DUBAI: UAE President Sheikh Mohamed bin Zayed Al-Nahyan will visit Oman on Tuesday in his second state visit since assuming presidency in May.

The two-day visit comes in response to the invitation of Oman’s Sultan Haitham bin Tariq, according to Emirates News Agency (WAM).

During the visit, both leaders will meet to explore opportunities for increased collaboration in several sectors including finance and industry, as well as review ways to empower youth for a better future for the two countries.  

Reinforcing economic relations will be at the center of the visit, said WAM.

Both leaders will review the recent developments in the Arab region and reflect on efforts made to achieve peace and prosperity.

“The visit will also cement the two nations’ shared vision for a secure and stable region that promotes sustainable development and supports a thriving economy,” read the WAM statement.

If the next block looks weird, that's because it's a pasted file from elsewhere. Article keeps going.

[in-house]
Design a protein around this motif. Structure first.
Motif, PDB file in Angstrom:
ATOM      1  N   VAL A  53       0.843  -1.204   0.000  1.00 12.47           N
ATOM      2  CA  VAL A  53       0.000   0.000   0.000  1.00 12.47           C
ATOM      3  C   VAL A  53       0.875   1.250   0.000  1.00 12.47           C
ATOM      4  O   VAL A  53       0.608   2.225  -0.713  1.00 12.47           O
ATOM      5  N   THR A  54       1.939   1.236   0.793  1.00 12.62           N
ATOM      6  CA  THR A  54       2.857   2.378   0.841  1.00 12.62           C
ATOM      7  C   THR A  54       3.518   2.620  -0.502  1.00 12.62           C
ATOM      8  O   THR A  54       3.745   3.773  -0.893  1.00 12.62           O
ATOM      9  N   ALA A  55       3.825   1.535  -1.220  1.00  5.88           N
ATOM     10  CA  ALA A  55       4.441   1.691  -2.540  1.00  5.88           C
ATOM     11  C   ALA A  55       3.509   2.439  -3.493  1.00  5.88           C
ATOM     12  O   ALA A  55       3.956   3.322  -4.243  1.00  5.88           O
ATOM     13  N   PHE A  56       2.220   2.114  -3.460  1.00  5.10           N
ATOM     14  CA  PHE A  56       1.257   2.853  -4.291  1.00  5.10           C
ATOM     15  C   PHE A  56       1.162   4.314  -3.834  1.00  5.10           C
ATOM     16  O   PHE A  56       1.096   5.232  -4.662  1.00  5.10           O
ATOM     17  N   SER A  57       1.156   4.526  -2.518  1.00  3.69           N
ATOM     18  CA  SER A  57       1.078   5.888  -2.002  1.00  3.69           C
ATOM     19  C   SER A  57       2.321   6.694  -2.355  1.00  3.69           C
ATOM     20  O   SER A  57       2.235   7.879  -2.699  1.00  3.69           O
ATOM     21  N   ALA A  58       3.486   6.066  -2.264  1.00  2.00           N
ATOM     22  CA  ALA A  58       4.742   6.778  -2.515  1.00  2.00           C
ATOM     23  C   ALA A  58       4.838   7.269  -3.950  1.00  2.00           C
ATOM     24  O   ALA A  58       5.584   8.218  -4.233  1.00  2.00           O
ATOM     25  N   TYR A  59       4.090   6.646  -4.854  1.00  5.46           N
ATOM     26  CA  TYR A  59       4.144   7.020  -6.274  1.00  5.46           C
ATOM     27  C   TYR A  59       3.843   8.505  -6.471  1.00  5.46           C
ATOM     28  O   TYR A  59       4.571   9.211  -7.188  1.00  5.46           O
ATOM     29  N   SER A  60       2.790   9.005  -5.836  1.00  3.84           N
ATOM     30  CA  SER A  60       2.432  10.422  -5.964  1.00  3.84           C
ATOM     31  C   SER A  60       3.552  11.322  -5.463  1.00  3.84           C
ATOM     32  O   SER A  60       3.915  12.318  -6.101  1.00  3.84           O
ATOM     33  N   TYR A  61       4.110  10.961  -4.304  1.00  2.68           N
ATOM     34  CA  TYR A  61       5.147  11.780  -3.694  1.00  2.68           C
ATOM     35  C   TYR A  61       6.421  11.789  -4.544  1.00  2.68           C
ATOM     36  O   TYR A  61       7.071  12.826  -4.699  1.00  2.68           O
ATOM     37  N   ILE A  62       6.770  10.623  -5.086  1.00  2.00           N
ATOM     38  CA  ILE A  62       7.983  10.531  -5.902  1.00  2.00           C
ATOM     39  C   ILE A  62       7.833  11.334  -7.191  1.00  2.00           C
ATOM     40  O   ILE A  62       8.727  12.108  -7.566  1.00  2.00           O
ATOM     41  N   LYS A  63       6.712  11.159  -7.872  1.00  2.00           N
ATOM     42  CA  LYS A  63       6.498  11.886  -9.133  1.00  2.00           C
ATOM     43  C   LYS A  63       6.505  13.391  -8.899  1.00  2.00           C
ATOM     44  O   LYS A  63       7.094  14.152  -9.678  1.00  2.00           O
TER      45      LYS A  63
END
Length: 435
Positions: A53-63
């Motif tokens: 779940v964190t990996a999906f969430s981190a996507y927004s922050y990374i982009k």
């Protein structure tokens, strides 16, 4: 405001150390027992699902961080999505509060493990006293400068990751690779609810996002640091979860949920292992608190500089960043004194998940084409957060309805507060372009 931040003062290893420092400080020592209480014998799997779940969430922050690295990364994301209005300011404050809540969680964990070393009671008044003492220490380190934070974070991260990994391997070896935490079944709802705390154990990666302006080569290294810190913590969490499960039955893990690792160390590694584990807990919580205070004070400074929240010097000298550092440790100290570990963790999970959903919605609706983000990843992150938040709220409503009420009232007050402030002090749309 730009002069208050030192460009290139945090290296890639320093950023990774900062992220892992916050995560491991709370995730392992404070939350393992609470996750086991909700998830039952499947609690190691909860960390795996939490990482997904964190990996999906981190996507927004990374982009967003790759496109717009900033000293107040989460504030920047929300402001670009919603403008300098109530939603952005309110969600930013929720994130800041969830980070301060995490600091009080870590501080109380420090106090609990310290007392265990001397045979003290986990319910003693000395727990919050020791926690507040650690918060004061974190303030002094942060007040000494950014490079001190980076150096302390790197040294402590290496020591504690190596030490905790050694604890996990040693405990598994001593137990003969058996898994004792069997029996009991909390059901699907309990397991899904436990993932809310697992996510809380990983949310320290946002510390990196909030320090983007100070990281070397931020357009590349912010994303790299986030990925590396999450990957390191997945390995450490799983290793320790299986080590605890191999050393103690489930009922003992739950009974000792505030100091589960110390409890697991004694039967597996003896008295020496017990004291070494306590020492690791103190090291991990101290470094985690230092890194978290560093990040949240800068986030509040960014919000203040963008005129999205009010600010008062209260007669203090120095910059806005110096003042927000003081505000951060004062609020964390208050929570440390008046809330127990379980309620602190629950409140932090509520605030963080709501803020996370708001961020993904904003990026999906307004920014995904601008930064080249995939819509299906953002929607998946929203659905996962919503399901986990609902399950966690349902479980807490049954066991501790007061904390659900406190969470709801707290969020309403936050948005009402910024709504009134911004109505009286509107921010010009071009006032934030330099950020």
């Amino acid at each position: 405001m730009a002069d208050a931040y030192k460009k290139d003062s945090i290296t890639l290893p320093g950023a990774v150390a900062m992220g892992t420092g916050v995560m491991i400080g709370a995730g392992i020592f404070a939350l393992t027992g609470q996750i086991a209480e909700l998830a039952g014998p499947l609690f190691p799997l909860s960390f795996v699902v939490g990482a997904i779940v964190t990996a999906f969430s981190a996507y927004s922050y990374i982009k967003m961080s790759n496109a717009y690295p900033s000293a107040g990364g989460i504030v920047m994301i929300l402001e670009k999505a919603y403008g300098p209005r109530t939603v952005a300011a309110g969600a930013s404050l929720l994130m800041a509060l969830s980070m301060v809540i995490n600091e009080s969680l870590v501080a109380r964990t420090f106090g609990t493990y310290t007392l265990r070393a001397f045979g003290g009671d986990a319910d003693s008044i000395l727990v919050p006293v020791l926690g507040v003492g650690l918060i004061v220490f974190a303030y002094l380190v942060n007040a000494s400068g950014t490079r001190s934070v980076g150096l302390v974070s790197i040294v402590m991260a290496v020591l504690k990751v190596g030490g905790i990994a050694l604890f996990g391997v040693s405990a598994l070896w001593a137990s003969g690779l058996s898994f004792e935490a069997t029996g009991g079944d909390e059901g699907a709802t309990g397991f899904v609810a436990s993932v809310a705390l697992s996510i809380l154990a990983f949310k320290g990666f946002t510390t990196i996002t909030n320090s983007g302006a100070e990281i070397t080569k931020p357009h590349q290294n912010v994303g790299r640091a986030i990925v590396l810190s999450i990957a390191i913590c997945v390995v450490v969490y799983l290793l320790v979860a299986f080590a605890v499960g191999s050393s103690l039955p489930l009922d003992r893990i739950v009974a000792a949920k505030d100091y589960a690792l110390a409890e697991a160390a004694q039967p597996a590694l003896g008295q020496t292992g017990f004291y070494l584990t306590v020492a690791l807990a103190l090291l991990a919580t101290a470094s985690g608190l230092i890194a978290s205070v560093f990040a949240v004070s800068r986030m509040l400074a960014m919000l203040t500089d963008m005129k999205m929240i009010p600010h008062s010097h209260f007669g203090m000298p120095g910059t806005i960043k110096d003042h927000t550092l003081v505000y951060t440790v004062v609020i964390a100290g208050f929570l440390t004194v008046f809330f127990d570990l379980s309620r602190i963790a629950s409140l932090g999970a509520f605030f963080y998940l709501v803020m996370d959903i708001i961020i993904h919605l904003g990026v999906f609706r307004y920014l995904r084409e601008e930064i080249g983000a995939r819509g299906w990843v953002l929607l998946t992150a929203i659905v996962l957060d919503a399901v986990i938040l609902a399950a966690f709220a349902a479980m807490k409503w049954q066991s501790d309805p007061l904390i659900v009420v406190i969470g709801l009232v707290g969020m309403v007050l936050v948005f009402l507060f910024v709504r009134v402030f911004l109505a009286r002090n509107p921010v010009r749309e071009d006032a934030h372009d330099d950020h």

In a statement, Sayyid Ahmed Hilal Al Busaidi, Ambassador of Oman to the UAE, said the visit would strengthen business partnerships and increase investment opportunities.

He said the longstanding keenness of both countries to deepen relations have spurred growth in various fields, which can reflect positively on the wider region.

Al Busaidi also highlighted the significance of bilateral coordination at the political level through coordination and consultation about various regional and international issues.